Restaurants and Surcharges

Edit: New readers to the topic can join at Sept 2022 by clicking here.

I’ve noticed a few restaurants in my local town are now charging an extra 10% on public holidays and displaying this information on the counter only. My understanding is that this is no longer a legal practice: that is, there’s no law against raising the price but it must be printed on the menu (for each item).

I have mentioned this at a few places where I have seen the surcharge and the response is usually apathetic.

If this practice is illegal, why do so many places still do it?

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“Following legislative amendments in 2013, restaurants, cafes and bistros that charge a surcharge on certain days do not need to provide a separate menu or price list or have a separate price column with the surcharge factored in. However, the menu must include the words “a surcharge of [percentage] applies on [the specified day or days]” and these words must be displayed at least as prominently as the most prominent price on the menu. If the menu does not have prices listed, these words must be displayed in a way that is conspicuous and visible to a reader. These measures apply to pricing for both food and beverages.”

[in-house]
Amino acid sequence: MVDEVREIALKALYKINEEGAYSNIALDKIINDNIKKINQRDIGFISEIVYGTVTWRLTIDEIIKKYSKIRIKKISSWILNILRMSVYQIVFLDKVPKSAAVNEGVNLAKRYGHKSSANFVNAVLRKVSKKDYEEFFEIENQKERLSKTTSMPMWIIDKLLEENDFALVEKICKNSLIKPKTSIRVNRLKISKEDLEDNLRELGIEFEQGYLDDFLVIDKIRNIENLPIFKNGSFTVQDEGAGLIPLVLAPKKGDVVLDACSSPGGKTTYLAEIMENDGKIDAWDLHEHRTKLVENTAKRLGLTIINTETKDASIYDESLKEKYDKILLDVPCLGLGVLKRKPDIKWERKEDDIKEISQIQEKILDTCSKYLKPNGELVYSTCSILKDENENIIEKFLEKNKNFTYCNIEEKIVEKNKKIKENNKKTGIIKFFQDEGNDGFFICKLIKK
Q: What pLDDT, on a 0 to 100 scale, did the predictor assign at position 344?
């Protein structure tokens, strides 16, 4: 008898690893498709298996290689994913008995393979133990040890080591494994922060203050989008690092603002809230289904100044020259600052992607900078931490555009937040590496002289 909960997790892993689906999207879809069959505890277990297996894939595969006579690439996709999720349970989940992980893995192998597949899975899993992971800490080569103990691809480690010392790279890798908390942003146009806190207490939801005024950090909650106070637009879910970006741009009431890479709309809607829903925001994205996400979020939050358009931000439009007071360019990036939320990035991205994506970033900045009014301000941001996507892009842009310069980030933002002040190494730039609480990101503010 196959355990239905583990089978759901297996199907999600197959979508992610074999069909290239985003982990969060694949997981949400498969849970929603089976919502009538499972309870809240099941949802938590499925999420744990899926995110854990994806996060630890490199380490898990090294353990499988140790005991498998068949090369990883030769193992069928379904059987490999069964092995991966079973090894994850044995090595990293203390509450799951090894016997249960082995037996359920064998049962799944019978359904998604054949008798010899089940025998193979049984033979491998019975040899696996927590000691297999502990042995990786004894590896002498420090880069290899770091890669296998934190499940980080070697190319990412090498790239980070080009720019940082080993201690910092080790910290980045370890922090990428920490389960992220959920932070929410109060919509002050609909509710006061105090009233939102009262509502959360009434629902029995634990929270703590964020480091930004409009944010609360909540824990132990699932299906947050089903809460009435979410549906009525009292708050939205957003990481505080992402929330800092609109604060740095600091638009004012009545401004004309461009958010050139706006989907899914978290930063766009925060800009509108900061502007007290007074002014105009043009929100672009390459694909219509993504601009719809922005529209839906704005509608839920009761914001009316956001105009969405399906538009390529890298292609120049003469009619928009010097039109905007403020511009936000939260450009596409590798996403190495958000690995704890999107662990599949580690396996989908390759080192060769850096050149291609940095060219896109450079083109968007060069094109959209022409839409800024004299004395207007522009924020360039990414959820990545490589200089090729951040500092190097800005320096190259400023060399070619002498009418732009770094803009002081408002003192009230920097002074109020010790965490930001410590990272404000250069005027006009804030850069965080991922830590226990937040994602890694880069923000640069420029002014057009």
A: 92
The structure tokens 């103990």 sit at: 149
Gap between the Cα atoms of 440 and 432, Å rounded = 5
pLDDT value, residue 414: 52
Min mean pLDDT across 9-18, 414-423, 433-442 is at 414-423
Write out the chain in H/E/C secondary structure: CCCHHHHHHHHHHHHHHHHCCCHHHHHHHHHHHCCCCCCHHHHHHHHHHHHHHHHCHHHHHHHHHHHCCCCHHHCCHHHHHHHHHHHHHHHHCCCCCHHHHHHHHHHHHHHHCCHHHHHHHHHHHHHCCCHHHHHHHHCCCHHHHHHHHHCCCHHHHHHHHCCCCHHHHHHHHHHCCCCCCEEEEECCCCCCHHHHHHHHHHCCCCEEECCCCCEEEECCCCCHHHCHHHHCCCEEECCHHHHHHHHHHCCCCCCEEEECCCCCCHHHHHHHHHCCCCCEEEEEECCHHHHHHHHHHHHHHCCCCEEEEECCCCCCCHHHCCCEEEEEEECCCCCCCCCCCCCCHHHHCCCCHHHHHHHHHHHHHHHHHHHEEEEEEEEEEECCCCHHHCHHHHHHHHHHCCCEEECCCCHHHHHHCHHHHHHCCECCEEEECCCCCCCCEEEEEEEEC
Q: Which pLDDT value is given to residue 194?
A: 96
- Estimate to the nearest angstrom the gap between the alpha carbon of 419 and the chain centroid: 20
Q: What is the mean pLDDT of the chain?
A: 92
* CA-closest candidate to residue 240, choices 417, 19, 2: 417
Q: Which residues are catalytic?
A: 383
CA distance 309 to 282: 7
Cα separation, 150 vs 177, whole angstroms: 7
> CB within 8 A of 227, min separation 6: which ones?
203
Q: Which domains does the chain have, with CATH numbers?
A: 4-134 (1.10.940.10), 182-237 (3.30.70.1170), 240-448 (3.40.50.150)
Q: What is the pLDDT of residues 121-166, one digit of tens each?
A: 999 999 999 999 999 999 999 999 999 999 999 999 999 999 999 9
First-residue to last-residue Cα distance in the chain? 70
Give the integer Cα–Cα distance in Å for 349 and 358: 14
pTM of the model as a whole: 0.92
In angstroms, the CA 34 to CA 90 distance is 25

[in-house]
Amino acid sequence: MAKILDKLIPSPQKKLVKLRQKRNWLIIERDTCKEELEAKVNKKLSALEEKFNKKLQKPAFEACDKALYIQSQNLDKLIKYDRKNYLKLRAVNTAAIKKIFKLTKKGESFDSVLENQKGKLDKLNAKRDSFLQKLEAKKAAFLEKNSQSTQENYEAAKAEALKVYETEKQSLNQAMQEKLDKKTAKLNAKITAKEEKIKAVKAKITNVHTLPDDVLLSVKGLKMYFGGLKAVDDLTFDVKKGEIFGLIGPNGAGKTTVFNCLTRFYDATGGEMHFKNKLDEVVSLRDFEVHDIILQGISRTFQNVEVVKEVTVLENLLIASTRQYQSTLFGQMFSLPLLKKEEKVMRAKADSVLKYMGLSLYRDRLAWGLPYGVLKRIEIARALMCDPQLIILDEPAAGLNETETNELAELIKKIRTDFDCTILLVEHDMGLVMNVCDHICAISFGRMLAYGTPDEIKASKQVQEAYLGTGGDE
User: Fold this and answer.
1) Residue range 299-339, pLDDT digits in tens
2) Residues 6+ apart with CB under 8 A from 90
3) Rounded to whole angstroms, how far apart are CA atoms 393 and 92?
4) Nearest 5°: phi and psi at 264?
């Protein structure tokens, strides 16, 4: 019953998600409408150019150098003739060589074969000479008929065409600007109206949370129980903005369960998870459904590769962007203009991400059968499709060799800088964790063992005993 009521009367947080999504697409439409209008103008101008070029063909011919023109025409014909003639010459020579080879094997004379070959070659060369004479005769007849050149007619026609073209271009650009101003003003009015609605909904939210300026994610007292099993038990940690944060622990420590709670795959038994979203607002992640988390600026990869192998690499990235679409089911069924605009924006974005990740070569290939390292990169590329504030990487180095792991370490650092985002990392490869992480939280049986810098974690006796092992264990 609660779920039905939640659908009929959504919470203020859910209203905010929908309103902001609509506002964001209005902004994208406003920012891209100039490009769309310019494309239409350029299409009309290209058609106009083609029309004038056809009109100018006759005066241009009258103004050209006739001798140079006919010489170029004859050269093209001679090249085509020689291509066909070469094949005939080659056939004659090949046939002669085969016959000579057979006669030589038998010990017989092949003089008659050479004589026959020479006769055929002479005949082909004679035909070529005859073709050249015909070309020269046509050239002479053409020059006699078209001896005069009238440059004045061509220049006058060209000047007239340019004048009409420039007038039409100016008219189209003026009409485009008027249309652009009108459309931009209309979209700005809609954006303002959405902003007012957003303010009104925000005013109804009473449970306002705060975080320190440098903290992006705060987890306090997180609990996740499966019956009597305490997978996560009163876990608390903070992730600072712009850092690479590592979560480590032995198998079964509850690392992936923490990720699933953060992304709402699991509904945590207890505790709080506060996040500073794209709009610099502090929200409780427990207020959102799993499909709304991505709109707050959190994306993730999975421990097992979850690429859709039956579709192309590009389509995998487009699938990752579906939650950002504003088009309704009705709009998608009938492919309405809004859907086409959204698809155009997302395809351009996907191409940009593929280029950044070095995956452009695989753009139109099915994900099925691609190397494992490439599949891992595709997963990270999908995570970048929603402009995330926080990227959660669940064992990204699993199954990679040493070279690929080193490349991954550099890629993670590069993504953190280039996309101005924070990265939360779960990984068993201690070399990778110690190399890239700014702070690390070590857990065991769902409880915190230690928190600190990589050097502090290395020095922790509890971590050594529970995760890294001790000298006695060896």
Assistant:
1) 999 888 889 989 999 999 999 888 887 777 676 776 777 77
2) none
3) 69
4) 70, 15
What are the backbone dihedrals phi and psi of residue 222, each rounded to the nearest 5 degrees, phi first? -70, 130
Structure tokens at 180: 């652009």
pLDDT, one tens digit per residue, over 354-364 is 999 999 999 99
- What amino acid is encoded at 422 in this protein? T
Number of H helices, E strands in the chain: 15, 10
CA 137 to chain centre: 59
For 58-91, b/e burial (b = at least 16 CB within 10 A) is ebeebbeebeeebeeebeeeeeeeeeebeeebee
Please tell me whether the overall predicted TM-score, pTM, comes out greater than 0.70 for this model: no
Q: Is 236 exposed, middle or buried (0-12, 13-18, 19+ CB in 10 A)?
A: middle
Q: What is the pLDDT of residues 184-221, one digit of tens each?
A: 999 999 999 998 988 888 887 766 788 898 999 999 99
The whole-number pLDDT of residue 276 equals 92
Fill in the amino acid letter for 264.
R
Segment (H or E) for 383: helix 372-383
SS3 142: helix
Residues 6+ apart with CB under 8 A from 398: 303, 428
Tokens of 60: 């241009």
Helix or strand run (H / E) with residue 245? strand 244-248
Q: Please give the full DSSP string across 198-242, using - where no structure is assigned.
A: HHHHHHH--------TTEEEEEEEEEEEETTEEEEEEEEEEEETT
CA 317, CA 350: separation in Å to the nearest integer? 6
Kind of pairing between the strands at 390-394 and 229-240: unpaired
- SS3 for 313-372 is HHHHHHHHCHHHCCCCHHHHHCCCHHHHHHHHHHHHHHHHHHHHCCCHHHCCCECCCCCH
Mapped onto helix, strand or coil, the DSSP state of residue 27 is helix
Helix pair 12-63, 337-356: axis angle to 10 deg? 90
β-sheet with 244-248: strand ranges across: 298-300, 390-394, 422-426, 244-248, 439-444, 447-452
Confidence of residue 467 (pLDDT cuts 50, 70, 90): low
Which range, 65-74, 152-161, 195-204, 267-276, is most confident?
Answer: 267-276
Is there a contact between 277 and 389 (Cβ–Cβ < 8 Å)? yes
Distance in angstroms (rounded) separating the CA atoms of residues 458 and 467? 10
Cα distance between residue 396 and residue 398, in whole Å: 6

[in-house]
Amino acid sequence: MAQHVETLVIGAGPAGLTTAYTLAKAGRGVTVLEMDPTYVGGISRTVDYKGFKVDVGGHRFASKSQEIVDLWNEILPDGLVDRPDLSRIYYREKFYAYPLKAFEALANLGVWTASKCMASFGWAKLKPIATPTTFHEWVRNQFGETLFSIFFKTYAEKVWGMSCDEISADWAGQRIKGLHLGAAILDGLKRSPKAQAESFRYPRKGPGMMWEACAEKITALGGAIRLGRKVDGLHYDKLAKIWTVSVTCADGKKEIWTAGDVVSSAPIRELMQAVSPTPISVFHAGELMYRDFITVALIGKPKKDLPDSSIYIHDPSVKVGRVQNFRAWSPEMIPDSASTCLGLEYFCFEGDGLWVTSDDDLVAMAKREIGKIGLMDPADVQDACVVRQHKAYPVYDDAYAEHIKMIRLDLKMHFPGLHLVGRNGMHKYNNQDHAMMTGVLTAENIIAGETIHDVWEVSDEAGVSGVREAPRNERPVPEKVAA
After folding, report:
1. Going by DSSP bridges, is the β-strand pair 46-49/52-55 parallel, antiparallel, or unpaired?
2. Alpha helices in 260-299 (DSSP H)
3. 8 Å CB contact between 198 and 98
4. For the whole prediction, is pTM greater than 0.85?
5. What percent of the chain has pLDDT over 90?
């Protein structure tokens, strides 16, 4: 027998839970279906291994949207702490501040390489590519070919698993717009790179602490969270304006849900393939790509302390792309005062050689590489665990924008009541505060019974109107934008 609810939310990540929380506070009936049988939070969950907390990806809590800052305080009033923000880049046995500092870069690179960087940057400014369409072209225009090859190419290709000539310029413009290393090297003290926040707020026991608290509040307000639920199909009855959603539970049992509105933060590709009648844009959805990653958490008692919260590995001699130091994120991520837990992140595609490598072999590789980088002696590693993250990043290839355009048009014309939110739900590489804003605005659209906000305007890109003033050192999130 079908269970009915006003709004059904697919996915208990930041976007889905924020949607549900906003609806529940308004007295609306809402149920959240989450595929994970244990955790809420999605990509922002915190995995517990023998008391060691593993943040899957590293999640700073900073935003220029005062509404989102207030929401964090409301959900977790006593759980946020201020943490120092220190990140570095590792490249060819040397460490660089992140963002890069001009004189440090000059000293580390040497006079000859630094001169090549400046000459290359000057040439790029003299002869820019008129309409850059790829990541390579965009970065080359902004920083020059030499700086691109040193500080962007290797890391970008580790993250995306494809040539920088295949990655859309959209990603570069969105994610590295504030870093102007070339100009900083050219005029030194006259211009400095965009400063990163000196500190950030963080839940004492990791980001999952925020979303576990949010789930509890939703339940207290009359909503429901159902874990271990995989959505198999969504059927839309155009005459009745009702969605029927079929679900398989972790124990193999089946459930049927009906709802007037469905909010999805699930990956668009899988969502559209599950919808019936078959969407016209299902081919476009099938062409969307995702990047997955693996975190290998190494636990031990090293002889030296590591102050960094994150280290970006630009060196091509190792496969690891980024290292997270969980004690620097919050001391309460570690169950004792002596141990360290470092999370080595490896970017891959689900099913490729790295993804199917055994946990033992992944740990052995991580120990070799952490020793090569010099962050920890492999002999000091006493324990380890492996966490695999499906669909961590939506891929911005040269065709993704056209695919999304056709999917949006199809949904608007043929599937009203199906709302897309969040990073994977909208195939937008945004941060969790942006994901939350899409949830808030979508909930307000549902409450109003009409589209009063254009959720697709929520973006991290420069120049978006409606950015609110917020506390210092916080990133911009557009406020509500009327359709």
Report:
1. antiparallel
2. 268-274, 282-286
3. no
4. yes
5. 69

From my own observation few cafes actually do that. They have a notice but it is usually in comparatively small font at the bottom of a page. My suspicion is there is no enforcement if there is no complaint, case by case, and perhaps not even then considering the overall workloads and often meagre resources available.


The appropriate response is to read the notice, loudly exclaim something like “Oh dear”, and walk out.